Pericarditis overview On the Web
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Pericarditis is a condition in which the sac-like covering surrounding the heart (the pericardium) becomes inflamed. Symptoms of pericarditis include chest pain which increases with deep breathing and lying flat.
The pericardium is a double-walled sac that contains the heart and the roots of the great vessels. Morphologically, it is a conical-shaped, double-walled fibro-serous membrane. It rests posteriorly to the sternum at the level of second to sixth costal cartilages and T5-T8 vertebrae.
Pericarditis may be classified according to duration of the disease and recurrence into acute, Incessant, recurrent and chronic. Moreover, pericarditis can be classified based on the etiology in two groups of infectious and non-infectious causes.
Pericarditis is inflammation of the pericardium, which is the double-walled sac that contains the heart and the roots of the great vessels. There can be an accompanying accumulation of fluid that can be either serous (free flowing fluid) or fibrinous (an exudate, which is a thick fluid composed of proteins, fibrin strands, inflammatory cells, cell breakdown products, and sometimes bacteria). Vascular congestion of the pericardium is also present. The underlying myocardium may or may not be inflamed as well. If the myocardium is involved in the inflammatory process, it is called myopericarditis, and CK and troponin levels may be elevated. Cardiotropic viruses usually spread to the myocardium and pericardium hematogenously and cause acute inflammation with infiltration of polymorphonuclear (PMN) leukocytes and pericardial vascularization. Most patients with viral pericarditis recover completely with few developing recurrences. Some patients develop constrictive pericarditis which could be disabling. Bacterial pericarditis results from contiguous spread of infection within the chest, either de novo or after surgery or trauma, spread from infective endocarditis, hematogenous, or direct inoculation as a result of penetrating injury or cardiothoracic surgery.
The causes of pericarditis can be divided into infectious and non-infectious ones. Infectious causes include bacterial, viral, fungal and, parasitic. While, non-infectious causes include autoimmune, neoplastic, metabolic, traumatic and iatrogenic, and drug-related. Acute myocardial infarction, Addisonian crisis, aortic dissection and rupture, blunt or penetrating chest trauma, esophageal perforation, gastric perforation, and myocardial rupture are life threatening causes of pericarditis. Common causes of pericarditis include viral, bacterial organisms, neoplasms, autoimmune and renal failure.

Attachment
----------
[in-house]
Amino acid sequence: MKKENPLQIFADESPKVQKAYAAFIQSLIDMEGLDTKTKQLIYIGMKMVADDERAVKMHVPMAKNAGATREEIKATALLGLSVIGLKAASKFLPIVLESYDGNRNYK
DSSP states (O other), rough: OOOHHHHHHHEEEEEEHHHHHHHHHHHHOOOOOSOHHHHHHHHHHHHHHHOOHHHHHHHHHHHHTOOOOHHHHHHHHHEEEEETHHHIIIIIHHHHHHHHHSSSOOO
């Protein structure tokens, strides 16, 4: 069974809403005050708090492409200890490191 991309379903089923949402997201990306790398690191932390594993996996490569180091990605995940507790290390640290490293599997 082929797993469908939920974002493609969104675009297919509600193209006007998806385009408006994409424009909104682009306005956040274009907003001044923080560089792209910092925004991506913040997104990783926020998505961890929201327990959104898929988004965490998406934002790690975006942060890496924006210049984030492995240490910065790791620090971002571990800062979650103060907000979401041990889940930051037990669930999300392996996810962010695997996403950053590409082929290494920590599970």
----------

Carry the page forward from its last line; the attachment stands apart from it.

Differentiating Pericarditis from other Diseases
Pericarditis must be differentiated from diseases presenting with chest pain, shortness of breath and tachypnea which include myocardial infarction, pulmonary embolism, congestive heart failure, pneumonia, vasculitis, and chronic obstructive pulmonary disease (COPD). Manifestation of the pericarditis can help in differentiation from myocardial infarction. Moreover, other differential diagnosis include aortic stenosis, coronary artery vasospasm, esophageal rupture, esophageal spasm, esophagitis,acute gastritis, gastroesophageal reflux disease, and peptic ulcer disease should be considered.
Epidemiology and Demographics
The incidence of acute pericarditis is approximately 27.7 per 100,000 individuals annually. The recurrence of disease is seen in almost 30% of patients after first episode. The mortality rate of acute pericarditis is approximately 1.1% in developed countries. Patients of all age groups may develop acute pericarditis. Although it commonly affects men in 20 to 50 years of age. Pericarditis in developed countries is most commonly due to malignancy or viral infection. It usually follows respiratory infections, most commonly echovirus or coxsackie virus. In children, it is most commonly caused by adenovirus or coxsackie virus. In developing countries pericarditis is usually secondary to tuberculosis or HIV infection. Tuberculous pericarditis, caused by Mycobacterium tuberculosis, is found in approximately 1% of all autopsied cases of TB and in 1% to 2% of instances of pulmonary TB.
Natural History, Complications and Prognosis
Pericarditis is often self-limited and most people recover in 2 weeks to 3 months. However, the condition can be complicated by significant fluid buildup around the heart (a pericardial effusion or cardiac tamponade) and may require urgent intervention including pericardiocentesis. If scarring of the sac around the heart (the pericardium) occurs, then this is called constrictive pericarditis which may require surgical stripping of the scar.
Diagnostic Study of Choice
History and Symptoms
Patients with pericarditis commonly present with chest pain that changes with position, cough, fever, breathlessness, and fatigue are the other common symptoms. Less common symptoms include palpitations, hiccup, odynophagia, faint, dizziness, and abdominal pain which is seen mostly in children.
A careful physical examination must be performed to exclude the presence of cardiac tamponade, a dangerous complication of pericarditis. If cardiac tamponade is present, then pulsus paradoxus, hypotension, an elevated jugular venous pressure and peripheral edema may be present.
Non-specific markers of inflammation are generally elevated in pericarditis. These include the leukocyte count, C-reactive protein, and ESR. The cardiac troponin is elevated if there is an injury to the underlying myocardium, a condition termed as myopericarditis. Diagnostic pericardiocentesis and biopsy help in identifying an underlying infectious or malignant process.Non-specific markers of inflammation are generally elevated in pericarditis. These include the leukocyte count, C-reactive protein, and ESR. The cardiac troponin is elevated if there is an injury to the underlying myocardium, a condition termed as myopericarditis. Diagnostic pericardiocentesis and biopsy help in identifying an underlying infectious or malignant process.